To fulfill those requirements, you need

  • Fine-grained services where one service fulfills exactly one business function e.g. shopping cart
  • Microservices cannot be handled anymore manually, therefore deployment needs to be automated by 100%. The deployment needs to be done online. (Let me explain something about online deployment in one of the next posts.)
  • Only a first acceptance testing can be done manually. All other testing – contract testing, integration testing, regression testing – needs to be automated. (OK I see, I need to post something about testing strategies as well J).
  • A service in itself is complete in regard of the business function. It doesn’t need any other component outside of itself such a database to fulfill its function.
  • A service is resilient. That means, it does not go down if a service, it communicates with goes down.
  • The service is highly scalable. That means, if I add an additional instance of the service to my already existing service node, my entire system becomes more performant.
  • Several of those business functions can be composed to one larger function, which in itself can work as a service to the outside world.

Let us see how it could work using some sample. We had in our monolith some shopping application. If you separate this shopping application into business functions you probably get the following picture.


Sample of Microservices in a Shopping Application

The shopping application aggregates a lot of business functions like shopping cart or even compare products. But even some shared functions can be identified like Access Management or Monitoring and Logging. The important point here is to identify the independent business functions and where the independence is needed out of business requirements e.g. different scaling requirements or different availability requirements. The Find Product function need to be up 365×24 whereas the Catalog Management needs only to be up during normal business times because the catalog content is provided to the shopping system by the Catalog Provider service.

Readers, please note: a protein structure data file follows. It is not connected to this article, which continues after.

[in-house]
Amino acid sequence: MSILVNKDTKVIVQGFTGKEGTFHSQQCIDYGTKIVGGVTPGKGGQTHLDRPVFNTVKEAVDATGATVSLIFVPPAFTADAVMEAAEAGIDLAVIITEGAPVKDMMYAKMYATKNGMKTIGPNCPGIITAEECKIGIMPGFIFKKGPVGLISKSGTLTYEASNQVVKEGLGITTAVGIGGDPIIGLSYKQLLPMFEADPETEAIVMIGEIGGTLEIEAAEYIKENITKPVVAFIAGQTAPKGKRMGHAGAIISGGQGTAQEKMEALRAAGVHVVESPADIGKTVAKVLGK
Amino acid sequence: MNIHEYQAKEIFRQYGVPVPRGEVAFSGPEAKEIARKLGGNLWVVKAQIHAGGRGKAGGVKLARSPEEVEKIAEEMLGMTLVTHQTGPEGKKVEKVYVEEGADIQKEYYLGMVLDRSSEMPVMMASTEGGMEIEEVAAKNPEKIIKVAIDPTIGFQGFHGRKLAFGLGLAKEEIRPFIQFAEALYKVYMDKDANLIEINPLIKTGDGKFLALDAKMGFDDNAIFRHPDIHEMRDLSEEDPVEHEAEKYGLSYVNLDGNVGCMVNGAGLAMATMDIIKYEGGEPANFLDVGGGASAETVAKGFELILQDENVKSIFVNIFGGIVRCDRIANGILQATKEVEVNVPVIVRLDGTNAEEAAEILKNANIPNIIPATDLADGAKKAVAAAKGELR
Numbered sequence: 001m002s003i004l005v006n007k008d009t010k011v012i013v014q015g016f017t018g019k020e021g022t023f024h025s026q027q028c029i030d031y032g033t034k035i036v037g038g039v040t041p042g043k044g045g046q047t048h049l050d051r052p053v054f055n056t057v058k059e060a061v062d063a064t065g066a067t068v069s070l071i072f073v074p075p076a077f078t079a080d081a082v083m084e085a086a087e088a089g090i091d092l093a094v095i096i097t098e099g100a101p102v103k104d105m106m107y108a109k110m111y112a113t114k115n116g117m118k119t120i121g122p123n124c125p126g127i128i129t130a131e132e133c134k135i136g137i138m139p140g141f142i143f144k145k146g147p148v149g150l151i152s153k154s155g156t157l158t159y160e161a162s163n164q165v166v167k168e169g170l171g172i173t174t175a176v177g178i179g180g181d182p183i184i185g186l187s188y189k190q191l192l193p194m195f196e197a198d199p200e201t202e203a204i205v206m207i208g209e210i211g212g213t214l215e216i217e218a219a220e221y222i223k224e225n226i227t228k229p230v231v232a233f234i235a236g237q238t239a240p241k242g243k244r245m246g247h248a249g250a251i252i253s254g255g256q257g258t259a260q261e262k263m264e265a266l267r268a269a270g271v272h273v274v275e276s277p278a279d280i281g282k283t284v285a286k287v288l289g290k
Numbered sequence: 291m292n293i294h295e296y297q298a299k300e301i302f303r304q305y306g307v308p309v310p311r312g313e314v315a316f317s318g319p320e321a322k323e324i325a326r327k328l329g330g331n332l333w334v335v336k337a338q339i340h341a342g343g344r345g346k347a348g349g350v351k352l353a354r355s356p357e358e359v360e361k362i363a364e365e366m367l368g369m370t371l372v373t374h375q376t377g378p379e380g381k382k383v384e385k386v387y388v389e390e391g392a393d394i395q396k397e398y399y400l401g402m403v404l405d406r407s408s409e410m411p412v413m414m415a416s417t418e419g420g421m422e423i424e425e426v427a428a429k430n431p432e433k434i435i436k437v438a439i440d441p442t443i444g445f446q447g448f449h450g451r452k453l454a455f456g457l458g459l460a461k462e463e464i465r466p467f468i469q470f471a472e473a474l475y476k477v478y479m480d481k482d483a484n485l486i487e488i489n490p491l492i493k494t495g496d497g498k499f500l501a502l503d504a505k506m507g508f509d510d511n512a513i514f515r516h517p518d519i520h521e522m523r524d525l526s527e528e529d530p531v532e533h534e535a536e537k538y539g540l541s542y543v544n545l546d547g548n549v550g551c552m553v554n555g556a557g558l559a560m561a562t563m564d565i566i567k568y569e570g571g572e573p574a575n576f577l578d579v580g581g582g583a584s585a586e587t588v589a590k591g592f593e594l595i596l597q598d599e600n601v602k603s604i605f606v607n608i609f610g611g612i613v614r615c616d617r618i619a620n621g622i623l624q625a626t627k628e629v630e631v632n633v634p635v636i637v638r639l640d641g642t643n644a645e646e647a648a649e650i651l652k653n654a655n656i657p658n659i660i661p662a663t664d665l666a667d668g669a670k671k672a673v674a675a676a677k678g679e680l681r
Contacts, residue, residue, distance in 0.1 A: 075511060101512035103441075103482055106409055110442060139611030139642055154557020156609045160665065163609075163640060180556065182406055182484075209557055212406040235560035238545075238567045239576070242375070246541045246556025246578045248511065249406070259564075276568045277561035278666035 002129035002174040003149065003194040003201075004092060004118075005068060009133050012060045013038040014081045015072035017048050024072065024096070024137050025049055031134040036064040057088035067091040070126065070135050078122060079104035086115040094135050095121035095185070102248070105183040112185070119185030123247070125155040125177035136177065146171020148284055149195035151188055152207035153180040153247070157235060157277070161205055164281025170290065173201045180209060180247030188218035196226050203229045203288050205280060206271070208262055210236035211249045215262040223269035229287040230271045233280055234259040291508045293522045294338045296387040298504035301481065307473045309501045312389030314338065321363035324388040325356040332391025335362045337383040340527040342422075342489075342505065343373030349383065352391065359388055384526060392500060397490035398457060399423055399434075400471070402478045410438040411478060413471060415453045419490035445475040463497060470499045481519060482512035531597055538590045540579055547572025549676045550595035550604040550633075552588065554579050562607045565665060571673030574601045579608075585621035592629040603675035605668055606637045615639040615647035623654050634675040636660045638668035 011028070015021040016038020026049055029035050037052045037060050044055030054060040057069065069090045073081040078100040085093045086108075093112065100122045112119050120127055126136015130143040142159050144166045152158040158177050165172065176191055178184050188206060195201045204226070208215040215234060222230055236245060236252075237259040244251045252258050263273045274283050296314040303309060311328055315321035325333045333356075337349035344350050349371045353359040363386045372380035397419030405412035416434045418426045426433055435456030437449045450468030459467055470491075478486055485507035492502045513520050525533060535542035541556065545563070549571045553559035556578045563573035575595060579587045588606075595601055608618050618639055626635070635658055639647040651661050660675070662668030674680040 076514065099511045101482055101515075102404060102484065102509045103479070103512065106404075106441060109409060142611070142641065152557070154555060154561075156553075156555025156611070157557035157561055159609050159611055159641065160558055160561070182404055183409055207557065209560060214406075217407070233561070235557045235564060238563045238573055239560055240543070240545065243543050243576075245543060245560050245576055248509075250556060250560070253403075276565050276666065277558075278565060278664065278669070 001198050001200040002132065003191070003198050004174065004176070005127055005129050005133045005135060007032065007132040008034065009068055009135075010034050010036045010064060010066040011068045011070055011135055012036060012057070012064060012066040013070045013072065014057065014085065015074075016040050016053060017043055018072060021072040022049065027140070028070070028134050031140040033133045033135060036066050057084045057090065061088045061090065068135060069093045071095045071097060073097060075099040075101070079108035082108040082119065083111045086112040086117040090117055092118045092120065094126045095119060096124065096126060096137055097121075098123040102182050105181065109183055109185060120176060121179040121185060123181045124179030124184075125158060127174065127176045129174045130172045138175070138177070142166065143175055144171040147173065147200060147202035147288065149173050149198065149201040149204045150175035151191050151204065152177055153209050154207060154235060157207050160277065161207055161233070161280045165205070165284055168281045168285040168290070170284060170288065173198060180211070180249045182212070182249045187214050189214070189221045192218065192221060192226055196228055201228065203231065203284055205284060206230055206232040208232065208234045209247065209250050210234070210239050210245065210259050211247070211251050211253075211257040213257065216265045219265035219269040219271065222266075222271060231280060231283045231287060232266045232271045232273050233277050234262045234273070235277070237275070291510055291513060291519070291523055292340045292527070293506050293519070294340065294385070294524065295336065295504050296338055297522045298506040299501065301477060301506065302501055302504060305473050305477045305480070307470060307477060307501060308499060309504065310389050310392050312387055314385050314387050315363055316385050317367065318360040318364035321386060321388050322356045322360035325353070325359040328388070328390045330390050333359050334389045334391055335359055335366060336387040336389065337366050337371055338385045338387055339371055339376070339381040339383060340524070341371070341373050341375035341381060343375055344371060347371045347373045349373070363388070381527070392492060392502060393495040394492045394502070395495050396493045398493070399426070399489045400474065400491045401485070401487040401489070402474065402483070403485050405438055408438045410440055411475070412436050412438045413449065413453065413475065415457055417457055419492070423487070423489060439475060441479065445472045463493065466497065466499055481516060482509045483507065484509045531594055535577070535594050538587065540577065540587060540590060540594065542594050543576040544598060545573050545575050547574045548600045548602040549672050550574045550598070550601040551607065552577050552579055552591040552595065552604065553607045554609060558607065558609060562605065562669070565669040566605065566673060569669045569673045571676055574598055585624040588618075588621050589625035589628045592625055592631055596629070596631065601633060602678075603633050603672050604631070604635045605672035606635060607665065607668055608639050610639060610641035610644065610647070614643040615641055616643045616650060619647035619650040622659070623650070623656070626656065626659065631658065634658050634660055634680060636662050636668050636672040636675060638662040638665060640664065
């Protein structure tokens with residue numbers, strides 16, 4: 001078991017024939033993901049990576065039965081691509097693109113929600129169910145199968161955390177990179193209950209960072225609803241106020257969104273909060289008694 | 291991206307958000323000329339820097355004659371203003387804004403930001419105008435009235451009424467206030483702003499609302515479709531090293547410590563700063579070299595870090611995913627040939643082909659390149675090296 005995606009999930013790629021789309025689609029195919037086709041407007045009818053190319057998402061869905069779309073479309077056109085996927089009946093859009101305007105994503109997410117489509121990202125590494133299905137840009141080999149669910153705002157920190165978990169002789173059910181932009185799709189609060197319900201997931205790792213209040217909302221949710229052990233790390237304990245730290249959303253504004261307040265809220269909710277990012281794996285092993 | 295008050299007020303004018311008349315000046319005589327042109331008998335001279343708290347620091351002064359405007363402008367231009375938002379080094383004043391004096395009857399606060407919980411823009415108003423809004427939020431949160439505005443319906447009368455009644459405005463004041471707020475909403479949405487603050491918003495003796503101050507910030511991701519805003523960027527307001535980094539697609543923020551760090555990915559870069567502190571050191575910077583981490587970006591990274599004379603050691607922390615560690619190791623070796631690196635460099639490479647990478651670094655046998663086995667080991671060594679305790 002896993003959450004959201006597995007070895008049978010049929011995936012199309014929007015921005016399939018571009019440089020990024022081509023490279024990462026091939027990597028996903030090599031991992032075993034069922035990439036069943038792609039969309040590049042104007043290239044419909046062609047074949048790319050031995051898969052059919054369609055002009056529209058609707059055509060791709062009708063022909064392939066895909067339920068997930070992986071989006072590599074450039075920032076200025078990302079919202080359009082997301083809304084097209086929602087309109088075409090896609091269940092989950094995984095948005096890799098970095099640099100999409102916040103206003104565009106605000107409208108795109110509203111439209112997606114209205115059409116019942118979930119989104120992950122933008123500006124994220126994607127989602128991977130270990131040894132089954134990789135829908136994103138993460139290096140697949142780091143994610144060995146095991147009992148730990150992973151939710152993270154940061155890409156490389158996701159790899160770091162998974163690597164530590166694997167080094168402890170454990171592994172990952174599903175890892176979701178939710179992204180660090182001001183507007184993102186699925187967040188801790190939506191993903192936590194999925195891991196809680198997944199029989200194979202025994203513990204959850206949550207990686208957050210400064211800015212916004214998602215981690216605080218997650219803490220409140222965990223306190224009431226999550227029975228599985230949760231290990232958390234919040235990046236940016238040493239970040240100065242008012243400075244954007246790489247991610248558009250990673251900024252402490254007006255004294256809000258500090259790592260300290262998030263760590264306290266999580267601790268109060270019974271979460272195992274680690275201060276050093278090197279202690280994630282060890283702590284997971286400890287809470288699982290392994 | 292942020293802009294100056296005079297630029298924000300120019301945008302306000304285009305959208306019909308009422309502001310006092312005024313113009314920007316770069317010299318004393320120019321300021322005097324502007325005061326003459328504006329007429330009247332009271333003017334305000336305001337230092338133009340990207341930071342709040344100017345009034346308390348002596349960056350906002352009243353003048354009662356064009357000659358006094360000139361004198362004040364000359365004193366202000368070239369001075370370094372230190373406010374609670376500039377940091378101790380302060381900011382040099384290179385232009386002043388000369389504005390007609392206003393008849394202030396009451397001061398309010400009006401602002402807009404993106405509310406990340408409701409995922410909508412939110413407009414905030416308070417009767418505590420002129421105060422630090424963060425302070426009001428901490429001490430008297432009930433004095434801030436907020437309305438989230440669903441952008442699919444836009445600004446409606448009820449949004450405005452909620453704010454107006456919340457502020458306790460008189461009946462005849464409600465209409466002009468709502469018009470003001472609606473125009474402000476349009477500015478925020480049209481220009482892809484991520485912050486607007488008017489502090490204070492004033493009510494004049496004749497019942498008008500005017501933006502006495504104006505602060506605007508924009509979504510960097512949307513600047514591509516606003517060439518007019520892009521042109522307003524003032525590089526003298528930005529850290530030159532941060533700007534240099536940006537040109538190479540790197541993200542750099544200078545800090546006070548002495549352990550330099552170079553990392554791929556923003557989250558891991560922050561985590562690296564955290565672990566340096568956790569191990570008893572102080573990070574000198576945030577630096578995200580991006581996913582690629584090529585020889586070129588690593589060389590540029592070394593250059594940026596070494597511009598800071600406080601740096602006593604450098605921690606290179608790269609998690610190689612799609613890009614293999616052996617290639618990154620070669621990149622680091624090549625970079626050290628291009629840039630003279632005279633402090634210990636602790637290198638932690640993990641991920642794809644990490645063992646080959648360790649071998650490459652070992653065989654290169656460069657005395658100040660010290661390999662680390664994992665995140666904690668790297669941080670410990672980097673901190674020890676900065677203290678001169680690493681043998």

All those services are seen as one service to the outside world. Especially the user of the shopping platform sees “one” user interface even though the content is delivered by quite different services. Even more, even for other services outside of the shopping application, the shopping application works as one via the Backend Frame.

Because microservices are small, they allow fast changes in the code and on production; but to communicate those changes throughout an entire organization takes too much time. Therefore, the team who have developed the software, needs to run and operate the software as well (DevOps organization). This is a great culture change.


Microservices allow good structured, highly available, stable applications. They require high automation level and a great cultural change. Applications with less complexity can be developed and deployed as one monolith, because the internal business functions don’t have different requirements in regard of availability and stability. But when you have business functions, which need to be developed in several teams and which have quite different requirements in regard of scalability and stability, you need to apply microservices to your application.